Sussex’s defeat yesterday by 48 runs to Yorkshire will attract only a few paragraphs in the sports pages but one young man will remember it for a longer time: Jack Carson.
Carson scored a century in a final in his native Northern Ireland aged 11 which attracted the interest of Ed Joyce one of Sussex’s most prolific batsmen in recent years.
Joyce persuaded Carson to join the Sussex Academy and he went through the ranks emerging as a first team spin bowler aged 20.
In the match against Yorkshire he took the wicket of Joe Root in a five wicket haul. Imagine his pride and that of his family.
He may not make it at all, he may – like spinner Will Beer – be a trusty yeoman for the county or he may get an international cap.
His fiercest competitor for England honours – Dom Bess of Yorkshire – took 6 Sussex wickets.
Even that richest of counties Surrey, who were well beaten by Middlesex, are suffering in the pandemic and the absurdity of no spectator admittance.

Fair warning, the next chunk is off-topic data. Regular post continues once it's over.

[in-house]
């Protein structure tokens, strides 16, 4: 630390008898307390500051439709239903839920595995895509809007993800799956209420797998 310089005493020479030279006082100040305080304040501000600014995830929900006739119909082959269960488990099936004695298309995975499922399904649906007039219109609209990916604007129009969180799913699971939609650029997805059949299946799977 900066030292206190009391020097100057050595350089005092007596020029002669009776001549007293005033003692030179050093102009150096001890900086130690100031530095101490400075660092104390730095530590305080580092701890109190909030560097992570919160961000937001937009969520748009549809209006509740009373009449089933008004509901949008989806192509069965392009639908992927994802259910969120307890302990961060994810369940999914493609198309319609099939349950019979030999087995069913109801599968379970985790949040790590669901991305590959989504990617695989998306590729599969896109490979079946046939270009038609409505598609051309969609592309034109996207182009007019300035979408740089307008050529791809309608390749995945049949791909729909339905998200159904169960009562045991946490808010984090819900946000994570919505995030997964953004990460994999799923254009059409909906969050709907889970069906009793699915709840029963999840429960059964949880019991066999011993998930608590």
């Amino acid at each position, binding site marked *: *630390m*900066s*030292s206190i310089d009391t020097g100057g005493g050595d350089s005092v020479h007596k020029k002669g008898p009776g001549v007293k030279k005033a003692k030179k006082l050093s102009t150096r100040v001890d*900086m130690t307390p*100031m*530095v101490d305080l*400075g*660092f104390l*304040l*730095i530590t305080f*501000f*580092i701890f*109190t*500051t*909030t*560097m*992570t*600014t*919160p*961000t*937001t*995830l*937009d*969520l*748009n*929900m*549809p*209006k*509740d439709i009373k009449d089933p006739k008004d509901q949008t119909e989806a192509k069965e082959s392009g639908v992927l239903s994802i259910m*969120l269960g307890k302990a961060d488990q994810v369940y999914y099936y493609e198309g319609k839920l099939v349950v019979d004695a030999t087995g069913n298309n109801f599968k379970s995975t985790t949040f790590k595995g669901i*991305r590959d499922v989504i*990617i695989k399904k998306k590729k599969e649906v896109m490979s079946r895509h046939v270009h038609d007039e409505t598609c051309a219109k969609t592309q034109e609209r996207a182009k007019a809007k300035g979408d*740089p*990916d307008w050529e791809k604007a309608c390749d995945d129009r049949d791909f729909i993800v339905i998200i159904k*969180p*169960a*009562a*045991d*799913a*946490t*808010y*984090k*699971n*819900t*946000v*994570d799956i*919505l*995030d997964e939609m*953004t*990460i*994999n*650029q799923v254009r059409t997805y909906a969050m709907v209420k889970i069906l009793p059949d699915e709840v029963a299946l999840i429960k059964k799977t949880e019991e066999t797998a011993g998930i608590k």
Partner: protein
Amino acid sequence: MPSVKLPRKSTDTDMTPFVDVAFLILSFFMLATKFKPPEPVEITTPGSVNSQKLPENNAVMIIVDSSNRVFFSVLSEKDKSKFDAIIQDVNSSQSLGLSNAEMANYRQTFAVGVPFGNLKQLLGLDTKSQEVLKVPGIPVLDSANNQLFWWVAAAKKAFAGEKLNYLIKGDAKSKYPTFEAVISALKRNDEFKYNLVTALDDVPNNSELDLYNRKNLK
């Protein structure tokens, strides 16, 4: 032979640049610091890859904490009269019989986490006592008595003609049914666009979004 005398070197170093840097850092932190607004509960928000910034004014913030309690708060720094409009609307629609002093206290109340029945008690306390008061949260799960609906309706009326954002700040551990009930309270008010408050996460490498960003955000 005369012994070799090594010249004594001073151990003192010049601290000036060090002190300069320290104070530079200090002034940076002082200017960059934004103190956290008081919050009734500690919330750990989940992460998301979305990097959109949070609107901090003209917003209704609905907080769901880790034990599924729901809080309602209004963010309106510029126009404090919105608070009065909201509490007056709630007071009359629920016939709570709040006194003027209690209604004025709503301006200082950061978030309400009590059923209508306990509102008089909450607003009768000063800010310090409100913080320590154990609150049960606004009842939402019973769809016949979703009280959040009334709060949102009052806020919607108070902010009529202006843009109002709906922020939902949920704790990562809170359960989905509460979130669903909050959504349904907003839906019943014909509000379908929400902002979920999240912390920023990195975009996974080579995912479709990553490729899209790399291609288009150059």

Warwickshire could not get Indian batting star Pandeja over, South African cricketers signed by countries are stuck some en route, the championship has been “bookmarked” for the start in chilly April and resumes after the Hundred and T20 in autumn.
There are those chiefly at the ECB to use that dreadful word “monetise” only see the profit in white ball and metropolitan cricket.
They would do well to heed the warnings of the ill-fated European Super League. I know of one fanatical Arsenal fan in Hove who said to me that if his beloved Gunners had competed in the ESL he would never set foot in the Emirates again but go to the Amex instead.
Like the Royal Family, National Health, the Church of England and House of Lords, county cricket – besides giving much pleasure to those that follow it – is one of those quirky British institutions that no one would invent today but somehow works, endures and is seamed into the national fabric.
I am sure Jack Carson would agree.